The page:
Posted by J.E., a member of the Discipline without Stress mailring.
Here is my latest success:
Last Friday, three third graders left their homeroom in route to my class (science) and on the way, chose to yell and scream and play an impromptu game of tag. (At my school, we don’t walk the kids from class to class, and all the classroom doors lead outside, so they were coming across the playground.) Upon hearing the commotion, their homeroom teacher flew out of her room and wound up in front of mine, fuming at the gall of these kids.
Since she got there first, I let her handle it. She said, nearly yelling, “Which one of you children decided to act like a preschooler and run and yell while you were coming over here?!? I’ll stand here and wait until whoever it was comes forward!” And of course, no one moved a muscle because they could see how angry she was.
She went on and on about acting like wild animals, what the other teachers would think if they saw them, etc. It was clearly ineffective because after 3 minutes of this, still no one confessed. There was a lot of staring and mean looks coming from her, and silence by all of us! I knew the right way to approach this situation, but being that she has been teaching 30 years longer than me, I let her go. She finally left it that the kids should all think about this incident over the weekend, and they would start Monday morning by writing apology letters to the other teachers who they may have disturbed.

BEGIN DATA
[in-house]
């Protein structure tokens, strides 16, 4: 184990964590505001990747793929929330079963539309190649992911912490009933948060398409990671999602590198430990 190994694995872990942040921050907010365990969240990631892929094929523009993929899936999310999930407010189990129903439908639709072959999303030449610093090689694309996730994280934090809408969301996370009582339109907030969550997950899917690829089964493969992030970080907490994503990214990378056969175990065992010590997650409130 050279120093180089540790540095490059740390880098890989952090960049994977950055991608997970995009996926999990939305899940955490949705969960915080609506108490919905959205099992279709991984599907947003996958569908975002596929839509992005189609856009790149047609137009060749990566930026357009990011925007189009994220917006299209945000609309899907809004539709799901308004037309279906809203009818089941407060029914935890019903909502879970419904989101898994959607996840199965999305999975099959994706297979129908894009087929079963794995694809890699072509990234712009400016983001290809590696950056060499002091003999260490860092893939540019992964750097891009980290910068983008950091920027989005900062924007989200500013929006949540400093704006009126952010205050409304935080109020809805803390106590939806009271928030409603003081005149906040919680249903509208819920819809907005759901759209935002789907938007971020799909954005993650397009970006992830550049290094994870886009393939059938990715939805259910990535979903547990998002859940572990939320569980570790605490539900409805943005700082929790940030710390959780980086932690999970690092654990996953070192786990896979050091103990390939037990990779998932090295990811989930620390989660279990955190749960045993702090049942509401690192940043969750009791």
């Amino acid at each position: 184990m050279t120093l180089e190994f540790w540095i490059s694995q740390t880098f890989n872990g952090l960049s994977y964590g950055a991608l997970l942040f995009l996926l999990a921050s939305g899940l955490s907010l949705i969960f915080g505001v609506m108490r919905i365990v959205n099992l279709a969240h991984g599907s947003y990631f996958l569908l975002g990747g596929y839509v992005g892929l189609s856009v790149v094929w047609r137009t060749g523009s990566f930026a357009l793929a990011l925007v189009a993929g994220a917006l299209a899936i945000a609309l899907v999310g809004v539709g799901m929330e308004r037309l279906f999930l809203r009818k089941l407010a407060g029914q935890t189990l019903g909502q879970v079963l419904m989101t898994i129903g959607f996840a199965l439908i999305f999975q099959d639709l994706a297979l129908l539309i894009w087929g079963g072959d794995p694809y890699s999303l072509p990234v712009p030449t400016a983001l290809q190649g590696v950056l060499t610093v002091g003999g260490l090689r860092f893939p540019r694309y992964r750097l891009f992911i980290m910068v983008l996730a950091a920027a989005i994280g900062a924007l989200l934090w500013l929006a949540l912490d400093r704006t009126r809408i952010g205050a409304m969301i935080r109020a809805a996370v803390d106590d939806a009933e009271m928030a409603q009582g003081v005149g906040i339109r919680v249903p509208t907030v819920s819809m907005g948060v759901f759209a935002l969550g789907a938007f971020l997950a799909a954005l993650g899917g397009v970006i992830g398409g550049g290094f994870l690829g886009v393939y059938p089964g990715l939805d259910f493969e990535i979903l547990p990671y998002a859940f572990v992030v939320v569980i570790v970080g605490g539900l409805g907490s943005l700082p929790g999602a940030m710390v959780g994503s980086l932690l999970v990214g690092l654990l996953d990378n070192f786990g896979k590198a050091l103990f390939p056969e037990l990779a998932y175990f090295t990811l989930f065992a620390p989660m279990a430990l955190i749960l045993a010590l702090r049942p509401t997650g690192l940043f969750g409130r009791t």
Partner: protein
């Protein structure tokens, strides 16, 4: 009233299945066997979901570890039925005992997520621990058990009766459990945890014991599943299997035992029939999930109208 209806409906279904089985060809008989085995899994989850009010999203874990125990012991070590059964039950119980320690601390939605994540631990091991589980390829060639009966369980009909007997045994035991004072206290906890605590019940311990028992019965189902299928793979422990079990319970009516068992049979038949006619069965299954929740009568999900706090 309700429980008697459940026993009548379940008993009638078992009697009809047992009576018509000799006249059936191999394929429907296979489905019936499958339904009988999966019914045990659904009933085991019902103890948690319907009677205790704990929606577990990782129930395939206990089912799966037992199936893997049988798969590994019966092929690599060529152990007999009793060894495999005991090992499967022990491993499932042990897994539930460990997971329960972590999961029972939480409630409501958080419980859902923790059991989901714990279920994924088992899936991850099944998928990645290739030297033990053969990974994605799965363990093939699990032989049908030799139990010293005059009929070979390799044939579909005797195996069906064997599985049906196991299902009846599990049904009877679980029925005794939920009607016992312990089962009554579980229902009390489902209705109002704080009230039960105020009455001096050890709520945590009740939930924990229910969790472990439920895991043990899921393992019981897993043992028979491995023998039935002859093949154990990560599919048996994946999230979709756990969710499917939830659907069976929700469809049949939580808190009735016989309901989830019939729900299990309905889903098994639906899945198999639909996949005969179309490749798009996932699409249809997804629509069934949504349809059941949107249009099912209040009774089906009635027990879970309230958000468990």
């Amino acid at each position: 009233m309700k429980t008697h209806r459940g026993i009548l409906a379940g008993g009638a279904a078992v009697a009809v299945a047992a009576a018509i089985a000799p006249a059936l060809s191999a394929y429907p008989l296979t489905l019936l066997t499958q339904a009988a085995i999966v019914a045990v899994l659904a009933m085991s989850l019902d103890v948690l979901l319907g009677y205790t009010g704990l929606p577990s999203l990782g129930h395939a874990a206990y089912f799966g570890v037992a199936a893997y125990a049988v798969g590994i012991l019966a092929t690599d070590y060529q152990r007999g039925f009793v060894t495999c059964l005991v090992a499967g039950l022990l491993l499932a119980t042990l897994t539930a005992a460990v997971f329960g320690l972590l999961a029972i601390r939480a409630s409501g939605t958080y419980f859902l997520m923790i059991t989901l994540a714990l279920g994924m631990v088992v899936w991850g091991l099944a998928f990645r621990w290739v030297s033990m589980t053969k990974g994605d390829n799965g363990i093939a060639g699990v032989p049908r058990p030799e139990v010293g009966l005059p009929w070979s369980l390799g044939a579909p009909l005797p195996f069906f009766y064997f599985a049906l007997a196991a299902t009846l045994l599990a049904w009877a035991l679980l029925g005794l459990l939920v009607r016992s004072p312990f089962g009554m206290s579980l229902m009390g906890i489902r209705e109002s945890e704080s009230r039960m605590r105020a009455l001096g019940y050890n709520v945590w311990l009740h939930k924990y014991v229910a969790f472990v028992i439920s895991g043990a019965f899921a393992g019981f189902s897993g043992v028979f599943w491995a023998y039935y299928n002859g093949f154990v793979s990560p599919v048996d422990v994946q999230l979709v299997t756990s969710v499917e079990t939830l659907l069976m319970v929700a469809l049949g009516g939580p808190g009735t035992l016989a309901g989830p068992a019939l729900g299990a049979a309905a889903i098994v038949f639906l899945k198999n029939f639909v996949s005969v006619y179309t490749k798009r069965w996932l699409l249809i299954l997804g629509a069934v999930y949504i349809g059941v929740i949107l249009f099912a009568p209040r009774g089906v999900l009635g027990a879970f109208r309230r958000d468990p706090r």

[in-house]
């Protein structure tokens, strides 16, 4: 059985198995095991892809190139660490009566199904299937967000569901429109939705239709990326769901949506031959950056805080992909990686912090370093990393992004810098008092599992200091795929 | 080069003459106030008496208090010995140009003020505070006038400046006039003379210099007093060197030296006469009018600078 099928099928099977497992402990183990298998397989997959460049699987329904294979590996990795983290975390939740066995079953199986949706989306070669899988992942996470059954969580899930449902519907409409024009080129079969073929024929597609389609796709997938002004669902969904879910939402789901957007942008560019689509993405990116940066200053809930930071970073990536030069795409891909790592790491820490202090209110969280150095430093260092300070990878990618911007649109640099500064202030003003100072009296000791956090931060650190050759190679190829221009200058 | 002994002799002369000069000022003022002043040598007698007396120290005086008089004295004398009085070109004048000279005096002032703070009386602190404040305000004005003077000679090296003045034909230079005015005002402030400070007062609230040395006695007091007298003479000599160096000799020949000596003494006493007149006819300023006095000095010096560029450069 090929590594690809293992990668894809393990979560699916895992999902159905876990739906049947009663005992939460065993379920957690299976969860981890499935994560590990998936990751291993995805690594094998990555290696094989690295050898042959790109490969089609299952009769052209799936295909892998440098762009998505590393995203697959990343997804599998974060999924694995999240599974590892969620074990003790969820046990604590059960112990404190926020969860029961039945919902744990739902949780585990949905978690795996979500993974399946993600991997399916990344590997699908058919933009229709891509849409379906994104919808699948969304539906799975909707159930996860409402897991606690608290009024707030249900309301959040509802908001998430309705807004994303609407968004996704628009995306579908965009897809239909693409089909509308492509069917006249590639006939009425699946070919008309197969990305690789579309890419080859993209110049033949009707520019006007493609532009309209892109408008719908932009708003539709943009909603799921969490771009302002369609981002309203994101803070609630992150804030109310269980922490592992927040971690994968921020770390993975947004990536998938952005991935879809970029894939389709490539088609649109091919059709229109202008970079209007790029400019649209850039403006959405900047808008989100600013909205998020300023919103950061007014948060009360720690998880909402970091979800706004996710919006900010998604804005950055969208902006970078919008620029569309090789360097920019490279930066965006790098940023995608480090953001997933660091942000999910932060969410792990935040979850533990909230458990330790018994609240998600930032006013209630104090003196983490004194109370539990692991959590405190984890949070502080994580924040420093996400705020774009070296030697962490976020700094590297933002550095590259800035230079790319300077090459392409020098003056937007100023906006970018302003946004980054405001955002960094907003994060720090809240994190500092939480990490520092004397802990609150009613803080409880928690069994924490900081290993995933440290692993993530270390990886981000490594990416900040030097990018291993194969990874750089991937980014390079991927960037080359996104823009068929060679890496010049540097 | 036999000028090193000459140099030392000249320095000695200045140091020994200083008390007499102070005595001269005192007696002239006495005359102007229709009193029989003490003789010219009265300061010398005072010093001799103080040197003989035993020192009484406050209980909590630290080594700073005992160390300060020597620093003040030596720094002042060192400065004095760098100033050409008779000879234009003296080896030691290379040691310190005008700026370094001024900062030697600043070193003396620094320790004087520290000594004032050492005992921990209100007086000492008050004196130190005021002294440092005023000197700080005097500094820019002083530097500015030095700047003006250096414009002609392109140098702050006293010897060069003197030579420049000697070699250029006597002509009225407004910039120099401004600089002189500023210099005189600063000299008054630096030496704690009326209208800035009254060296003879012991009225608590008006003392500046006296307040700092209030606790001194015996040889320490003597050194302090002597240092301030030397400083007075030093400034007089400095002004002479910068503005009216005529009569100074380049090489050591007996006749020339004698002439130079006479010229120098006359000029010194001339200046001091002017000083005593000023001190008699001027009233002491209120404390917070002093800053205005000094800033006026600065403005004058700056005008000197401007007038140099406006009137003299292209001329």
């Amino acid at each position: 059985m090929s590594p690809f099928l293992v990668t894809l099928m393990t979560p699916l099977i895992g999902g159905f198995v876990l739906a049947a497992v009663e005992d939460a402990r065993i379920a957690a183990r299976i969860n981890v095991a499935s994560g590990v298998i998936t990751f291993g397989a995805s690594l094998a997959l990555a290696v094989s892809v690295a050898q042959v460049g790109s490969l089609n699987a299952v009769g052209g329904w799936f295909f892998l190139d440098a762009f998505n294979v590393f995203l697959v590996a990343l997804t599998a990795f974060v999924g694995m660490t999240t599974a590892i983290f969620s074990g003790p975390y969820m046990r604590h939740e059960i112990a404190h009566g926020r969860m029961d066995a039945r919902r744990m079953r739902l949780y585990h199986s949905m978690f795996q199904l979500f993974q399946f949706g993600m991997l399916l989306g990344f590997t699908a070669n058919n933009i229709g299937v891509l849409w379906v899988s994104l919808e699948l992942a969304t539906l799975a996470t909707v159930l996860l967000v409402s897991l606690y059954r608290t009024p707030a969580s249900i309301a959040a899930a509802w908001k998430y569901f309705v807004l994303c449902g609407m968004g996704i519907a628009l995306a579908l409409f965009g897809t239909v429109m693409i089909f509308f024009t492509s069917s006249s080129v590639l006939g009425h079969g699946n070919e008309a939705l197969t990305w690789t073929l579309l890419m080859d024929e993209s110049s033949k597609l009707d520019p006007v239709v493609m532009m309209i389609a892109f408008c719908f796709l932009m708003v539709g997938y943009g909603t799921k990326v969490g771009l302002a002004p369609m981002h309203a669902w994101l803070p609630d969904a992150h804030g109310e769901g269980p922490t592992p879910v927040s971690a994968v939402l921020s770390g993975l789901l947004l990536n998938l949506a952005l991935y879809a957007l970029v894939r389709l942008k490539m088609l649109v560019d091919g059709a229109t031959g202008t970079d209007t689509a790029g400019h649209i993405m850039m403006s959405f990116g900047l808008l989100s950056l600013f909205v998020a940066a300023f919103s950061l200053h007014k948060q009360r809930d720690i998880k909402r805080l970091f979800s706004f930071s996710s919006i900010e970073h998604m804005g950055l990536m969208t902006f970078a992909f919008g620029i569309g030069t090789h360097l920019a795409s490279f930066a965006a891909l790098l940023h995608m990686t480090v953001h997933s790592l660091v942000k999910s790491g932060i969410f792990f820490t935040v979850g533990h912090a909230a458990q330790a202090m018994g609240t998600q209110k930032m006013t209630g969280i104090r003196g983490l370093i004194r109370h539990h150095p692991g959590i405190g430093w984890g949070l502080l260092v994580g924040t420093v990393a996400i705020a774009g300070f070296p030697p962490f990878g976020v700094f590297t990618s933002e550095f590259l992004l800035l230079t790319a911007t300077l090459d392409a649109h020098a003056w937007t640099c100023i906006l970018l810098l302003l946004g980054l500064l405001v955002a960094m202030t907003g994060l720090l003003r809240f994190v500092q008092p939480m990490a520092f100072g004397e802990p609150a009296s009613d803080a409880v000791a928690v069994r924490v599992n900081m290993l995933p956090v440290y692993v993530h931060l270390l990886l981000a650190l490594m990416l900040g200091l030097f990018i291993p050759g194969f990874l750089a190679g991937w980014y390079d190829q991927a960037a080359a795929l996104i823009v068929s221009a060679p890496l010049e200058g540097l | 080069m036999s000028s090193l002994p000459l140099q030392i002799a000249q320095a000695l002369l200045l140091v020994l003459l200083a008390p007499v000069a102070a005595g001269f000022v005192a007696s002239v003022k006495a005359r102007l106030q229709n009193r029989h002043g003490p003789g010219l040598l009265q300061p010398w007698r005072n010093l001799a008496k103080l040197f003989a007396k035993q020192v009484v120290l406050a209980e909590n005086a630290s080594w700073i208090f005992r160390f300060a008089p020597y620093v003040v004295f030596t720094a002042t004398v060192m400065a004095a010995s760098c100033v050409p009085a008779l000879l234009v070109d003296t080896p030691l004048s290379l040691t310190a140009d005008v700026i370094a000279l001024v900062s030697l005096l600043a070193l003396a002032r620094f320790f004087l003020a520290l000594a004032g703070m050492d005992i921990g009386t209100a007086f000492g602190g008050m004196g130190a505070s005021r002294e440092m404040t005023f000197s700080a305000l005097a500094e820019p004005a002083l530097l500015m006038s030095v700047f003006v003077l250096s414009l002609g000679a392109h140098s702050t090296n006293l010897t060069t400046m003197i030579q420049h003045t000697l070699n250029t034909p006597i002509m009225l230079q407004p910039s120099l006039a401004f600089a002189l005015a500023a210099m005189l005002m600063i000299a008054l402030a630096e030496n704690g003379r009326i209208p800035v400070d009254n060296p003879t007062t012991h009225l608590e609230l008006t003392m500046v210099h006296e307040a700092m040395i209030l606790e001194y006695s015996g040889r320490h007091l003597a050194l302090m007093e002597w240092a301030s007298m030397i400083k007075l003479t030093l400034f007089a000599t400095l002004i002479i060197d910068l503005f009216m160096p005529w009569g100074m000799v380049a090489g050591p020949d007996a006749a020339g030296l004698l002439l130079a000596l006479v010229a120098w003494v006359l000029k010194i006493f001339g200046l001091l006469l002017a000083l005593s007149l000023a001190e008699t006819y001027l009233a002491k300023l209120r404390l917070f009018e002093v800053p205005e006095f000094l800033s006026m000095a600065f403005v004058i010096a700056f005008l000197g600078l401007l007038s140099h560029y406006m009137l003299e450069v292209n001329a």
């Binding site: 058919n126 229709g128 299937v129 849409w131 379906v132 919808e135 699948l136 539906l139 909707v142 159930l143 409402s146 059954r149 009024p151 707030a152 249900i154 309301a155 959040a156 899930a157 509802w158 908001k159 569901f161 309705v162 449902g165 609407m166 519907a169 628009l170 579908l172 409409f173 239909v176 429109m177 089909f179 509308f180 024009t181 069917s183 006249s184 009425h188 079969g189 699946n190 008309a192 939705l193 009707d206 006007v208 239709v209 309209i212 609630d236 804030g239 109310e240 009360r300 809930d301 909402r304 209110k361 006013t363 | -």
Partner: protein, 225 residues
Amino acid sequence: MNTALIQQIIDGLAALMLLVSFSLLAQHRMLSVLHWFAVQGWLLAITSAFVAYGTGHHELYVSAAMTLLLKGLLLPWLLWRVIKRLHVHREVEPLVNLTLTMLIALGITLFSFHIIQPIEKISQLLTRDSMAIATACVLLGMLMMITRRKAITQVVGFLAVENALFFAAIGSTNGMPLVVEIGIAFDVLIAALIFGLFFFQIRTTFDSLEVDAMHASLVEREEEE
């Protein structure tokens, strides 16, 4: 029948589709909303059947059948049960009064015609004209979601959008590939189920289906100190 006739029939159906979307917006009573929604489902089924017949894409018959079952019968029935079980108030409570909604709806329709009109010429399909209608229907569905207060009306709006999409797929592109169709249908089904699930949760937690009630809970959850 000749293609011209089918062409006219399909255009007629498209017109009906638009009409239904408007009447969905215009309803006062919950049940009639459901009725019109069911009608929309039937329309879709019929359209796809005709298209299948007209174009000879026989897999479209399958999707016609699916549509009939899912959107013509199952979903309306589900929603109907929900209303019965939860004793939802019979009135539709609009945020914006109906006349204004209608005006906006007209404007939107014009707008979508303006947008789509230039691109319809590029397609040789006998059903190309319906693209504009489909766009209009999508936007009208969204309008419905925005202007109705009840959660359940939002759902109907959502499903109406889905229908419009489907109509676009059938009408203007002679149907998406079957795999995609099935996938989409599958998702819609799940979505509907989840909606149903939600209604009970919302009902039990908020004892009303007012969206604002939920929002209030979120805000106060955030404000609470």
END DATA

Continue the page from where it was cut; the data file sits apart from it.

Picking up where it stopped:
Once the kids were in my room, I took a different approach. I asked what level running and screaming was on. They clearly knew it was Level A. Then I reiterated that a Level A choice was never acceptable. But I put this spin on it: I said that even though some of them had made a Level A choice already, now they had an opportunity to change it to a C level choice by cooperating and taking responsibility. I explained that no one could make them do this, but if they chose to, this situation could turn into an acceptable one, with their decision to cooperate.
We talked about responsibility and how once a poor choice is made, we shouldn’t have to wallow in it forever; we can make a choice to fix it and move on. Because the levels are so concrete and understandable, the kids weren’t dwelling on the Level A behavior any more, they were working on turning it into a C. Shortly thereafter, three kids came up to me and said they wanted to make a good choice and take responsibility.
The conversation followed from there: “How do we walk between classes? Why wouldn’t we want to yell and run?” etc. I didn’t feel extra punishment was necessary because I wasn’t sure they ever understood these things in the first place; it was like a light-bulb moment when we talked about someone getting hurt without a teacher around to help them. Finally, I elicited consequences if this behavior should happen again and we moved on!
I should mention that I’m new to DWS and just finished reading the book in September. If someone with only a month of experience can have these kinds of interactions, it must be good! Read the book! Implement now, perfect later! It has made me feel so much happier throughout the day. No more “me-against-them” feelings. Good luck!